GUINNESS DRAUGHT · MURPHY'S
IRISH STOUT · MURPHY'S IRISH AMBER · HARP
LAGER · WILD IRISH ROGUE · ERIN'S
For some celebrants on St. Patty's Day, quantity has a quality all
its own. So, when the local Blarney Stone is packed with amateurs this
March 17, we'll thank heaven some great Irish-style brews now come in
bottles and cans. Here's a handy six-pack, ranging from authentic Irish
stouts to American microbrew versions of old-world classics. Prices may
vary, but all six are widely distributed, and any of them will do corned
beef and cabbage proud.
the Irish patron saint as Dubliners do with Guinness Draught.
This opaque black stout is almost flat in body, making it easy to
quaff despite its dry bitterness. The special can used by Guinness
contains a small nitrogen capsule, which releases millions of tiny
bubbles (much smaller than the gassy, soda-pop-like bubbles created by
carbon dioxide) into the beer the moment the container is opened. The
effect is an incredibly creamy head and smooth body with no fizz
whatsoever — the next best thing to a hand-drawn draft at a local pub.
For optimum results, chill the can, open, and pour all at once into a
pint glass — then be patient. The foam takes several minutes to rise
to the top. Choose the can over the bottled version, made fizzy in the
usual way with carbon dioxide pumped in at the brewery.
Irish Stout comes in bottle or can, and
both contain those head-boosting capsules. Milder in flavor and less
bitter than Guinness, Murphy's would be a great choice for stout-shy
Americans. Its extra-creamy head leaves a delicate filigree of bubbles
on the side of the glass that gives new meaning to the term "Irish
If, like many Americans, you prefer lighter, hoppy brews over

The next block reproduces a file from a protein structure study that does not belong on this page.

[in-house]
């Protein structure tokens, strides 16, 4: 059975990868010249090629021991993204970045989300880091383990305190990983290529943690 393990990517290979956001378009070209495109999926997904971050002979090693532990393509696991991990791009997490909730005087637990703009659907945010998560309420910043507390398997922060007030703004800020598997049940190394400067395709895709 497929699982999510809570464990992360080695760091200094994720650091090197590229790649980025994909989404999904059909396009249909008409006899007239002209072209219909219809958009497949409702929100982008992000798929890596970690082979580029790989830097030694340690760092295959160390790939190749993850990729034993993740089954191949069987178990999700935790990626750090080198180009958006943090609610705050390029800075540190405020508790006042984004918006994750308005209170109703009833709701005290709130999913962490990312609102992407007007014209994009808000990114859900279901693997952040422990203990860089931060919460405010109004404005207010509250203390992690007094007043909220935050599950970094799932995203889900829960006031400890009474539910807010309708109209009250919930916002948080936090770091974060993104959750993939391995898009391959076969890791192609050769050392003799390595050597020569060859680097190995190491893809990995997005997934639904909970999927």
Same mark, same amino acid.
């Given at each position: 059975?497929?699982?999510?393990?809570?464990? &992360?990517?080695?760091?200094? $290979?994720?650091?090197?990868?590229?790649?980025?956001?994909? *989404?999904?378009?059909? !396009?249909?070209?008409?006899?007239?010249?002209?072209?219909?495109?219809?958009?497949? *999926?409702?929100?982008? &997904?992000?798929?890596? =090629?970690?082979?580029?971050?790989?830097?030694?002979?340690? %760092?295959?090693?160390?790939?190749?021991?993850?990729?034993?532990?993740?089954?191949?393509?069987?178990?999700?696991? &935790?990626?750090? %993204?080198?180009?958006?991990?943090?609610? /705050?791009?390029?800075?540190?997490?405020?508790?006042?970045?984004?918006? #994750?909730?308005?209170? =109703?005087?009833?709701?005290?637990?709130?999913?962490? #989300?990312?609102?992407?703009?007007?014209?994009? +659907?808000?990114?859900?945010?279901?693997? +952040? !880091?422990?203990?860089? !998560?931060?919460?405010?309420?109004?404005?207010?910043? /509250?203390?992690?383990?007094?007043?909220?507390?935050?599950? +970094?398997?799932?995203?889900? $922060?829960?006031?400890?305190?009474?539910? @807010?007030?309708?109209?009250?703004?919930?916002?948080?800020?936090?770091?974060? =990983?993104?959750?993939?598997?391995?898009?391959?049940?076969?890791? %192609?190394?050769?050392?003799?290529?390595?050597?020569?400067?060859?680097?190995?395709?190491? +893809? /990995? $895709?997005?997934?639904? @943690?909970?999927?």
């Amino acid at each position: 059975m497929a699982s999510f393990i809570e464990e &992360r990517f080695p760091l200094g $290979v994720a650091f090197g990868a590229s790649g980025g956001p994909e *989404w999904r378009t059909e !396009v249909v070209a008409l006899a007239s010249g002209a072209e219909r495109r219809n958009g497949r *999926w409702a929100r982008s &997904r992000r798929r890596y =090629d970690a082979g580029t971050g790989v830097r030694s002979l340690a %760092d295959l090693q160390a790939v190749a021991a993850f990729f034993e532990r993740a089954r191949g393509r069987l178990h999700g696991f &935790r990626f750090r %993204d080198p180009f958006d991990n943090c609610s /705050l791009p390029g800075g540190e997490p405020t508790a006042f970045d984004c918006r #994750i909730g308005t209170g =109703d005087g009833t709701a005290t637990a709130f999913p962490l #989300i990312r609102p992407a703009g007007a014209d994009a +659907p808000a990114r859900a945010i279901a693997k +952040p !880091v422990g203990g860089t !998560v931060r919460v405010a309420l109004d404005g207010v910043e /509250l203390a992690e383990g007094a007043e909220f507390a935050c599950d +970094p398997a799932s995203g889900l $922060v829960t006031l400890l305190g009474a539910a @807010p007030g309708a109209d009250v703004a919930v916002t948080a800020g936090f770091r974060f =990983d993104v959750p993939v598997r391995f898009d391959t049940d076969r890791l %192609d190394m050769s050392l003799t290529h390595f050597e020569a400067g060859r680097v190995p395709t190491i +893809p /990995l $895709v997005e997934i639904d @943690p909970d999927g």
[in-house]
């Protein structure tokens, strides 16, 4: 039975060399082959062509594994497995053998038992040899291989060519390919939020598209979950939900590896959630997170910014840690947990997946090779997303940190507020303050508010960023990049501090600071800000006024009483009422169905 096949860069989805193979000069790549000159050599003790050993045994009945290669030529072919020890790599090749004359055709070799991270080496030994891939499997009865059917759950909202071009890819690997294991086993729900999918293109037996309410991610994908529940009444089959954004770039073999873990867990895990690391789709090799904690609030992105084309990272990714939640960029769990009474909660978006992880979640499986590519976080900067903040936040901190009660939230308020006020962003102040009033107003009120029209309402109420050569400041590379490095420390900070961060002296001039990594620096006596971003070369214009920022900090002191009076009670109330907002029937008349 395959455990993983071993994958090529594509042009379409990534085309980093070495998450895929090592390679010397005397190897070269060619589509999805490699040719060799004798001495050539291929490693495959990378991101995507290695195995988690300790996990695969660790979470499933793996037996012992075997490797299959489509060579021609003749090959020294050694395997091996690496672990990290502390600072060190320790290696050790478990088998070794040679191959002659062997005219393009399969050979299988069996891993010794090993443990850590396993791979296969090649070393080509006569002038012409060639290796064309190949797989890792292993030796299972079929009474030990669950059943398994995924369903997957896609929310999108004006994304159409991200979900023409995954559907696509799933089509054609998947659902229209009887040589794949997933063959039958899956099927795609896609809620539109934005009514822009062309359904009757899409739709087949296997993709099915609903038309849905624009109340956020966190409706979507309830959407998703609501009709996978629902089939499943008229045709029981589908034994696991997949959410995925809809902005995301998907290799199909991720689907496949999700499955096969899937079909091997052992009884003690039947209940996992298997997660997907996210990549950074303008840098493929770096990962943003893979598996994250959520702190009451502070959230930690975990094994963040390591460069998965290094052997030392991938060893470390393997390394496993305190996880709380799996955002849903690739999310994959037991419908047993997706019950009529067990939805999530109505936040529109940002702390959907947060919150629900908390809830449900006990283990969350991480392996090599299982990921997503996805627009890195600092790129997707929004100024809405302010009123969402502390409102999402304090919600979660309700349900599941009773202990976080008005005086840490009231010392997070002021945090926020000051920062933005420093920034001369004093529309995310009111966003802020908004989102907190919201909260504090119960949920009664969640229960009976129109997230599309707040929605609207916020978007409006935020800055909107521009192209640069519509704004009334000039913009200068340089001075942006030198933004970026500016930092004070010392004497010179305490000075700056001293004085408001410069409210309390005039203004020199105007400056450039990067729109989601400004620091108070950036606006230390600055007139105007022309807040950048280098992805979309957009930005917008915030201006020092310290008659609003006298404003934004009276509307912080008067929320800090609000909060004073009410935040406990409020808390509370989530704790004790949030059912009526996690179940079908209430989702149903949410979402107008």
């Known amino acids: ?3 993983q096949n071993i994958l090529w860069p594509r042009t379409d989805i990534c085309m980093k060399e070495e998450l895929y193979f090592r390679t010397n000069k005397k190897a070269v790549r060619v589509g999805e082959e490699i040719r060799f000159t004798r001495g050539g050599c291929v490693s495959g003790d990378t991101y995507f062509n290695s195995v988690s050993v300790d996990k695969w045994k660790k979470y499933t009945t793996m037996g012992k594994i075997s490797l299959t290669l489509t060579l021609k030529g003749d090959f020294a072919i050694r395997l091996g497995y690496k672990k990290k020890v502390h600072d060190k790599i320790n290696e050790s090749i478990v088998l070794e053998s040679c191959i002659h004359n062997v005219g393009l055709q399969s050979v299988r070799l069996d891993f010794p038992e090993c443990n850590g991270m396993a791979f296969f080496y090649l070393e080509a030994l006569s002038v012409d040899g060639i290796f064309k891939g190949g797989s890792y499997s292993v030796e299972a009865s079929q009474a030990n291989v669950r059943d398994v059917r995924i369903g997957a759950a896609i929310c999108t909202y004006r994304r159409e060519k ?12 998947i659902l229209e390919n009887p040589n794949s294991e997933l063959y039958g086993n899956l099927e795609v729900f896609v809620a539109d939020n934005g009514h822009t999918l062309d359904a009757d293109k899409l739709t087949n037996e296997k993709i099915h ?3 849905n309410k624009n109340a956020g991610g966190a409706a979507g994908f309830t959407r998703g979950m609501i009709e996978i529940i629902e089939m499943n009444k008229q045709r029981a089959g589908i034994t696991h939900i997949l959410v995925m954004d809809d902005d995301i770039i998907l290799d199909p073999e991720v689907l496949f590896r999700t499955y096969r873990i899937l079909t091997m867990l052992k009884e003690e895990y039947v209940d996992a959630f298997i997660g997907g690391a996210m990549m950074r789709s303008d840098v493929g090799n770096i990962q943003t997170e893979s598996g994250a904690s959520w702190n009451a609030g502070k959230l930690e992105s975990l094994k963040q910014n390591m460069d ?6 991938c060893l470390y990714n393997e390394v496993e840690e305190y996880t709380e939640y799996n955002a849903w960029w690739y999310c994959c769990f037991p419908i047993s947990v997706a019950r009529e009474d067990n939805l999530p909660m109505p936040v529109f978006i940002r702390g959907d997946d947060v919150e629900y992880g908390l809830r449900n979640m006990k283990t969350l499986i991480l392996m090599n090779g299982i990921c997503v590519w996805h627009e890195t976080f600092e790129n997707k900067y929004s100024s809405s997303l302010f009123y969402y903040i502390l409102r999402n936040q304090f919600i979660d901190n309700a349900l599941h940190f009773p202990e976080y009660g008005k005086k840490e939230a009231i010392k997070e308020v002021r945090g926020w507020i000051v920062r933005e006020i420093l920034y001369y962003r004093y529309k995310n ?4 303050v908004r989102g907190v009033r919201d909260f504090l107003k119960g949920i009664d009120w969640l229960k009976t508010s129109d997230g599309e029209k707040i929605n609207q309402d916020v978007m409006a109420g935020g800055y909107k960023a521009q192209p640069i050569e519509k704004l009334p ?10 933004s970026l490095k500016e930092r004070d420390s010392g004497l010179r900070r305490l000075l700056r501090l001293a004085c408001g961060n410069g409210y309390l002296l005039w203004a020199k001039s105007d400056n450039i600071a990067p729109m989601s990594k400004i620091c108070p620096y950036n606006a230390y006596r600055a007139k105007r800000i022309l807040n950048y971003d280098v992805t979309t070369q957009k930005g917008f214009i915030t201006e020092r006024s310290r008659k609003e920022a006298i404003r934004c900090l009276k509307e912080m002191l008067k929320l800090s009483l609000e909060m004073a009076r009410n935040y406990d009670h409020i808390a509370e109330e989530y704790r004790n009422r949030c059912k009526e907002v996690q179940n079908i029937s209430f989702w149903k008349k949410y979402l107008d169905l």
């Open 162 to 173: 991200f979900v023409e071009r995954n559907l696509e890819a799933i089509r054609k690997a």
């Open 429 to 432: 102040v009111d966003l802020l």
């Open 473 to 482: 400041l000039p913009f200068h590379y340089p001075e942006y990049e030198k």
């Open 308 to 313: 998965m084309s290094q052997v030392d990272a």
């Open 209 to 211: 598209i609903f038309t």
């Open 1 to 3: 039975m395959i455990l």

roasty stouts, give Murphy's Irish Amber a try. A medium-bodied
ale from Cork, it has a full, malty flavor and light, dry finish.
As brisk as the winds at the Cliffs of Moher, Harp Lager from
Dundalk is a golden beer full of bracing hop flavor and a satisfyingly
bitter aftertaste. Exported by Guinness from a largely stout-drinking
country, its assertiveness may surprise Americans used to softer, milder
from the New World? Oregon Brewing Company makes Wild Irish Rogue
stout with oatmeal, an old-time additive that ensures a smooth texture
and nutty flavor. This Rogue gives a blast of fresh hop aroma along with
an intense, bittersweet chocolate flavor and a long, roasty finish.
Though the oatmeal doesn't qualify the brew as a health food, a single
22-ounce bottle could be a meal in itself.
a traditional Irish beer concoction with Erin's Rock, a mixture
of stout and lager from Champion Beverages of Darien, Connecticut. This
amber, honeyish brew with just a tinge of stout, is light enough to make
a fine match for any St. Pat's meal. Historic touch: The label sports a
majestic portrait (by artist Paul Dillon, father to actor Matt) of Brian
Boru, legendary chieftain of Ireland. Call it Celtic pride in a bottle